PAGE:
Etymology of Professor
A professor is defined by most dictionaries as a high ranking or highly educated teacher, usually actively teaching in a university. In North America, university teacher is used more than university professor.
The etymology of the word professor starts with the Latin verb profiteri (declare, profess). To understand the origin of this word, we have to look at how this verb is conjugated in Latin. It’s fairly simple: in the indicative perfect, the indicative future perfect, the indicative pluperfect, the subjunctive pluperfect, and the subjunctive perfect, the word profiteri changes into either professus or professi. This then became, in Latin, the nominative and singular, professor (plural: professores).
The implied meaning is that he or she who professes is a professor.
Middle English already used the word professor. The first written record of this word was found in the late fourteenth century. Anglo-Norman: proffessur.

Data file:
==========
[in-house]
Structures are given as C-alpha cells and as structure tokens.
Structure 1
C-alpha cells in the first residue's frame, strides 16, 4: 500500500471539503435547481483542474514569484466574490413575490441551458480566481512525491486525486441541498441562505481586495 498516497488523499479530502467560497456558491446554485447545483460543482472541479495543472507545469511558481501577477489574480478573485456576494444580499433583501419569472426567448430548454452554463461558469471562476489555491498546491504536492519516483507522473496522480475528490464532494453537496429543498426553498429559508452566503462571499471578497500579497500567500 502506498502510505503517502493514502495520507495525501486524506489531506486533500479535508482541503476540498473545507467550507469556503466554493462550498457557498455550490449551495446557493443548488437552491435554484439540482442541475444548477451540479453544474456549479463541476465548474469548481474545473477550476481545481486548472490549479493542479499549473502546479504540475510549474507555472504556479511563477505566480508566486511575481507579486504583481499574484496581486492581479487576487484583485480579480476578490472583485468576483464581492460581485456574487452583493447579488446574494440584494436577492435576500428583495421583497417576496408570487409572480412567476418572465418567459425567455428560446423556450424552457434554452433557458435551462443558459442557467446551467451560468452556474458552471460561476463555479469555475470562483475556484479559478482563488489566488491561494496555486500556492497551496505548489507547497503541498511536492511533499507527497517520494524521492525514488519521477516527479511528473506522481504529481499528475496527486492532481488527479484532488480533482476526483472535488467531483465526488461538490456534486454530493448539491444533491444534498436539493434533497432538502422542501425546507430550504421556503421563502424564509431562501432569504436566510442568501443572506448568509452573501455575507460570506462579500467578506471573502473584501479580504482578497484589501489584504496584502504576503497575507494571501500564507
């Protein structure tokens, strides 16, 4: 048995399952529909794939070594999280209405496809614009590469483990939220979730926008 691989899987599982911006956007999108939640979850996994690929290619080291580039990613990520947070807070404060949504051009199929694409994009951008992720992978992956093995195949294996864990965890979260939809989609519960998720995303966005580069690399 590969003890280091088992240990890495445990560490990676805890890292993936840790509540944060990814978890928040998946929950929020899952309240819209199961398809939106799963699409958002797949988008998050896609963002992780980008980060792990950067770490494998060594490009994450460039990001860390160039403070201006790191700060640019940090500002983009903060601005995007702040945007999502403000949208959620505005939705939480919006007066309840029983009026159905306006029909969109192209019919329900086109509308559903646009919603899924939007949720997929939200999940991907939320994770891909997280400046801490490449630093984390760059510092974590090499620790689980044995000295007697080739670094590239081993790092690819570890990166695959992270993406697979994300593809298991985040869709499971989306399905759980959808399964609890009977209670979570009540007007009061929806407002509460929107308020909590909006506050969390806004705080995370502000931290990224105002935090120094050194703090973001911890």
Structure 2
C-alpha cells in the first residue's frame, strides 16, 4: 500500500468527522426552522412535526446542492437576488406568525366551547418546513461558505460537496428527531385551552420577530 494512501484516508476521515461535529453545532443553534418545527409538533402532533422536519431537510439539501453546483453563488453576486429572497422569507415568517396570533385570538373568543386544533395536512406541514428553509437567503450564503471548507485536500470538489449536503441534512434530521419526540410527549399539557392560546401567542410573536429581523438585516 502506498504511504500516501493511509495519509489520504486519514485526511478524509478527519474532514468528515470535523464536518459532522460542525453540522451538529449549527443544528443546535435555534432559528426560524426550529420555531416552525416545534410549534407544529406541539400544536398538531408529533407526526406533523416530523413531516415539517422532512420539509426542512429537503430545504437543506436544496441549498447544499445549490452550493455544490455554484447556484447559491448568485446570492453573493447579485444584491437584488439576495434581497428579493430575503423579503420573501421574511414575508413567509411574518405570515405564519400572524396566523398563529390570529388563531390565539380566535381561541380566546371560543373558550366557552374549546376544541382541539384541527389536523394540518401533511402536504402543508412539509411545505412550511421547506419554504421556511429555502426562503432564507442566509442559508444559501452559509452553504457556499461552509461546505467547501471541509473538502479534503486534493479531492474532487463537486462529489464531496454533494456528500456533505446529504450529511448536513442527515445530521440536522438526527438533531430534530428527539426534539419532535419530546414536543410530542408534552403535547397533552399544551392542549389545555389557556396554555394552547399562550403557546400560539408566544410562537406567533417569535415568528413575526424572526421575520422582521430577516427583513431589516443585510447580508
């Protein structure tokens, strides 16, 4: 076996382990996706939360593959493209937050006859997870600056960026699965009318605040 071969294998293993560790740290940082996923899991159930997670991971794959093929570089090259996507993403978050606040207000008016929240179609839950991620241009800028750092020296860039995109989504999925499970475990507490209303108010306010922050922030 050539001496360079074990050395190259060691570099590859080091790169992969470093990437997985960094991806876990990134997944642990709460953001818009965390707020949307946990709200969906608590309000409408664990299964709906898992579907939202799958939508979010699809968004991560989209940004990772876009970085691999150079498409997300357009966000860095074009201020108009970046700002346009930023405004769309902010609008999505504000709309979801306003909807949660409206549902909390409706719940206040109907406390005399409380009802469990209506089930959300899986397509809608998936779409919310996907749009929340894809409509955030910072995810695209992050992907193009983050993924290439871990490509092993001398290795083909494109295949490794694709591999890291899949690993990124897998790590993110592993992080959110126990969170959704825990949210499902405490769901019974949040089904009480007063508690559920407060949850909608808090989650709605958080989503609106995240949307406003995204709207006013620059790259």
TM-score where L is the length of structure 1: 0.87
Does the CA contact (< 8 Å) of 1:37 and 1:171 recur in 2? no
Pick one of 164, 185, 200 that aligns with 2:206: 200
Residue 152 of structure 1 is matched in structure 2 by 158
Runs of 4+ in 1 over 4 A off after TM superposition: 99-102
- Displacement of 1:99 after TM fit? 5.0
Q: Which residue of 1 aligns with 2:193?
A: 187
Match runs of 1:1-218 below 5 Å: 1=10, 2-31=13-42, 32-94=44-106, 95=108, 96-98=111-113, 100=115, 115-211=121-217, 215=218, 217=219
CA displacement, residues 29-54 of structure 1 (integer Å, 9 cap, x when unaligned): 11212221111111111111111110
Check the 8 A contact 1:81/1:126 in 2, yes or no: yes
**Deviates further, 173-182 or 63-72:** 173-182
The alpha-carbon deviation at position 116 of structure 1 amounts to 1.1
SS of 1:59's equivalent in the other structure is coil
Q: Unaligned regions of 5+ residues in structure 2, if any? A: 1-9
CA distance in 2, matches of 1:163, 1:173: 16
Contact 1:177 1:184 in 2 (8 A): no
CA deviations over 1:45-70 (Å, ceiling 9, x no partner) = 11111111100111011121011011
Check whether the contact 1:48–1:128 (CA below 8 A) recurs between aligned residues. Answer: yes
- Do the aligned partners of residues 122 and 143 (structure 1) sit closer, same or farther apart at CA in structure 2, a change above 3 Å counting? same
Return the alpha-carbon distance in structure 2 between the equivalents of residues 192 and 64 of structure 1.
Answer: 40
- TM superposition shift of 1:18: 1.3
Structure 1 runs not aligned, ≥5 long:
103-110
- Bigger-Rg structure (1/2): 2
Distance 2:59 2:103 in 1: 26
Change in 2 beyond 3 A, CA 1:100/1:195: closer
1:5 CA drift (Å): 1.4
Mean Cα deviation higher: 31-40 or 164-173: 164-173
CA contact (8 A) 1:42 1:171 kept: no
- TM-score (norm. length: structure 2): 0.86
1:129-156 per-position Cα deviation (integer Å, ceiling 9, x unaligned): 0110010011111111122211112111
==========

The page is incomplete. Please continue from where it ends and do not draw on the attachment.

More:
It’s important not to confuse the word professor with the words teacher, instructor, trainer, coach or tutor.
A teacher, by definition, is someone who teaches. This will usually be a school teacher, but there are teachers in all walks of life. You can have a meditation teacher, for instance.
An instructor is somebody who instructs, and this usually involves some kind of physical skill, which is why you have yoga instructors, not yoga teachers.
A trainer is an individual who trains you in very specialized skills, usually for the purpose of getting a job.
A coach is a man or woman who coaches you. While this word has usually been reserved for sports (for example, a football coach), this isn’t the case anymore. For instance, life coaches are very popular nowadays.
A tutor is somebody who gives private lessons (usually in exchange for money). For example, a private English tutor in London can charge a very respectable amount of money for his services.
Murray, John. An Etymological Dictionary of Modern English. 1921.